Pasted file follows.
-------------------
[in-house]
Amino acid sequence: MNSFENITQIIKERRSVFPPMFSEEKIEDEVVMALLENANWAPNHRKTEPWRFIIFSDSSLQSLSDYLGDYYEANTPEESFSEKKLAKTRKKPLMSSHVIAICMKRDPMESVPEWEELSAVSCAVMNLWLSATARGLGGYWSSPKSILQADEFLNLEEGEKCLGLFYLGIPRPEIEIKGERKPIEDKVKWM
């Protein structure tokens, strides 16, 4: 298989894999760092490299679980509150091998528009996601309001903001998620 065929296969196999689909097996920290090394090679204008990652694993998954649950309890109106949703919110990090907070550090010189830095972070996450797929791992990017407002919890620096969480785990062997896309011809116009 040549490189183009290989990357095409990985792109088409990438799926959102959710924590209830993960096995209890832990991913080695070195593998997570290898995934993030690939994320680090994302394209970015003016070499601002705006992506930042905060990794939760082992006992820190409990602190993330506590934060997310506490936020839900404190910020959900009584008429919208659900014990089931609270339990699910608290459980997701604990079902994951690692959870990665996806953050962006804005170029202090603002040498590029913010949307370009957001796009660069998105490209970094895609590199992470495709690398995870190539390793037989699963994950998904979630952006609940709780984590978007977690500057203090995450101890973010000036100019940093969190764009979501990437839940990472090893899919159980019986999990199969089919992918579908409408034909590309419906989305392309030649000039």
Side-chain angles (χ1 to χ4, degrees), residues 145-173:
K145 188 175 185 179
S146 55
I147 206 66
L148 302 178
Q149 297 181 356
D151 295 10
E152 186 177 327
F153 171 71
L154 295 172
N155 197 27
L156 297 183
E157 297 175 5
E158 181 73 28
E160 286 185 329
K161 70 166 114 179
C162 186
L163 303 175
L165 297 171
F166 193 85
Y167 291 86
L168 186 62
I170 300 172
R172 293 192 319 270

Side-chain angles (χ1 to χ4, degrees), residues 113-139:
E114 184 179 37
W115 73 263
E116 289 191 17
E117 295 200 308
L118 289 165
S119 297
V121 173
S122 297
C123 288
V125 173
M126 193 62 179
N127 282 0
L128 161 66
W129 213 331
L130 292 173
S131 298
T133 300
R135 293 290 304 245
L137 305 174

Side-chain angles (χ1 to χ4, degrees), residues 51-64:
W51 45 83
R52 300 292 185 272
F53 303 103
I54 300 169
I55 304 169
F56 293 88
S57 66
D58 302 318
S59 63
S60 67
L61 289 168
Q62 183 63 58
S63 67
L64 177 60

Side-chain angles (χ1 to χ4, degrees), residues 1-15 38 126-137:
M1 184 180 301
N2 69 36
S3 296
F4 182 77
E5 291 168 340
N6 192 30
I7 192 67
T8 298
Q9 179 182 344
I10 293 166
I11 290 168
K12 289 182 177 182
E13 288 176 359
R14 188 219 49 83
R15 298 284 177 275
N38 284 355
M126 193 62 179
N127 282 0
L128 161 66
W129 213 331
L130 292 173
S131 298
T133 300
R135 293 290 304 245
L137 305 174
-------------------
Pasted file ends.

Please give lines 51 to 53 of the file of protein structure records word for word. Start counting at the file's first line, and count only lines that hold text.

F53 303 103
I54 300 169
I55 304 169